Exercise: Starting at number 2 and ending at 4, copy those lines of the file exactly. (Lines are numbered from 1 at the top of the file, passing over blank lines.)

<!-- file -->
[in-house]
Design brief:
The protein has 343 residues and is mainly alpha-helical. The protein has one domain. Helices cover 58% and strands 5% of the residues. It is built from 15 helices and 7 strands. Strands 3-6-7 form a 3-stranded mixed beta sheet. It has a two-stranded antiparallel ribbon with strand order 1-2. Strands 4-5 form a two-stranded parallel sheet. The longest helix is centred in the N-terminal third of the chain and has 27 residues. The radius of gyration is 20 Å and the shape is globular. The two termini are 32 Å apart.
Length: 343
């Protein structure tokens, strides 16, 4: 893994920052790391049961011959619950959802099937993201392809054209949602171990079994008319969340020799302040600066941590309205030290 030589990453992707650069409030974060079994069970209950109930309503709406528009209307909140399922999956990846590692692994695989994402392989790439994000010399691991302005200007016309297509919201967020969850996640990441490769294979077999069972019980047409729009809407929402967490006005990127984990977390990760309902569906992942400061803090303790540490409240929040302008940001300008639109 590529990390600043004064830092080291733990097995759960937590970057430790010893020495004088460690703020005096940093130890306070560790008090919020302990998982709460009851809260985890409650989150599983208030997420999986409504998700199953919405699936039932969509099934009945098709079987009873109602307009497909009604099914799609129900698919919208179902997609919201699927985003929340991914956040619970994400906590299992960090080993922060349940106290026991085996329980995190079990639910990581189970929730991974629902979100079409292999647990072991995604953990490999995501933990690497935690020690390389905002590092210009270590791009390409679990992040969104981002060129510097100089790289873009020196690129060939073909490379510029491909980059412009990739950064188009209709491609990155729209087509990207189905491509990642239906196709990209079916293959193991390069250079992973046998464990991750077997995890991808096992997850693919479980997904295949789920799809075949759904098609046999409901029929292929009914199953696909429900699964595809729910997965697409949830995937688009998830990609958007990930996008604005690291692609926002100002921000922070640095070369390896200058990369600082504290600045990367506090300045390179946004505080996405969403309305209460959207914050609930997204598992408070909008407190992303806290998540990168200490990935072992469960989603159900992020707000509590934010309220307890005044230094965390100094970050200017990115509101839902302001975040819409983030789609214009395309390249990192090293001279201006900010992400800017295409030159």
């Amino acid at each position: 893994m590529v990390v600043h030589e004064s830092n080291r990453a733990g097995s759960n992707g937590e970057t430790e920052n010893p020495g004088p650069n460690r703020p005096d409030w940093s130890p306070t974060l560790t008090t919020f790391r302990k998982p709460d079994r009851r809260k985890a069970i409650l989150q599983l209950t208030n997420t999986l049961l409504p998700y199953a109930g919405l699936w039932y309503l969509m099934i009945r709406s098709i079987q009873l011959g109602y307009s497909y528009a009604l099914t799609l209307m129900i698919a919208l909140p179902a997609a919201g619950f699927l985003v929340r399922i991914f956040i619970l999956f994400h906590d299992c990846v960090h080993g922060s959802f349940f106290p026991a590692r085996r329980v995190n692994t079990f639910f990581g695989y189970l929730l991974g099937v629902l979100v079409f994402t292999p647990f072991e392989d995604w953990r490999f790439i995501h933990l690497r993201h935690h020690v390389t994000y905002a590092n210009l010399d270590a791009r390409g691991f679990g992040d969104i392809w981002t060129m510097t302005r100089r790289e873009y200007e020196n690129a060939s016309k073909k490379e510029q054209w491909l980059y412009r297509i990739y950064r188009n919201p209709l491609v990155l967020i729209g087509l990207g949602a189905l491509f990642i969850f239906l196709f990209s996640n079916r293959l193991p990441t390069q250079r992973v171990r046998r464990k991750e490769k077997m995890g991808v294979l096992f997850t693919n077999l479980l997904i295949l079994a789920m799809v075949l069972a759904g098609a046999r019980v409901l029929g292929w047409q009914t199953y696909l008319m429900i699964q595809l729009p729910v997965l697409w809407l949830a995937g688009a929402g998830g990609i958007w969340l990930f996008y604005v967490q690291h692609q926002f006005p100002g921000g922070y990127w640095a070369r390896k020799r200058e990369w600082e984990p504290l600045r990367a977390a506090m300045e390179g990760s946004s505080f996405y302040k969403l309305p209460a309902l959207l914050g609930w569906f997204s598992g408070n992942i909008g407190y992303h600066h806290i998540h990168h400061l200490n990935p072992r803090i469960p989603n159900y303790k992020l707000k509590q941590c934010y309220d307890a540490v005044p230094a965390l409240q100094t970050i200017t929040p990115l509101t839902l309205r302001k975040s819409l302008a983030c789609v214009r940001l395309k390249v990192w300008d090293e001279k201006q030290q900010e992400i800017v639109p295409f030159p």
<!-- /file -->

Design brief:
The protein has 343 residues and is mainly alpha-helical. The protein has one domain. Helices cover 58% and strands 5% of the residues. It is built from 15 helices and 7 strands. Strands 3-6-7 form a 3-stranded mixed beta sheet. It has a two-stranded antiparallel ribbon with strand order 1-2. Strands 4-5 form a two-stranded parallel sheet. The longest helix is centred in the N-terminal third of the chain and has 27 residues. The radius of gyration is 20 Å and the shape is globular. The two termini are 32 Å apart.
Length: 343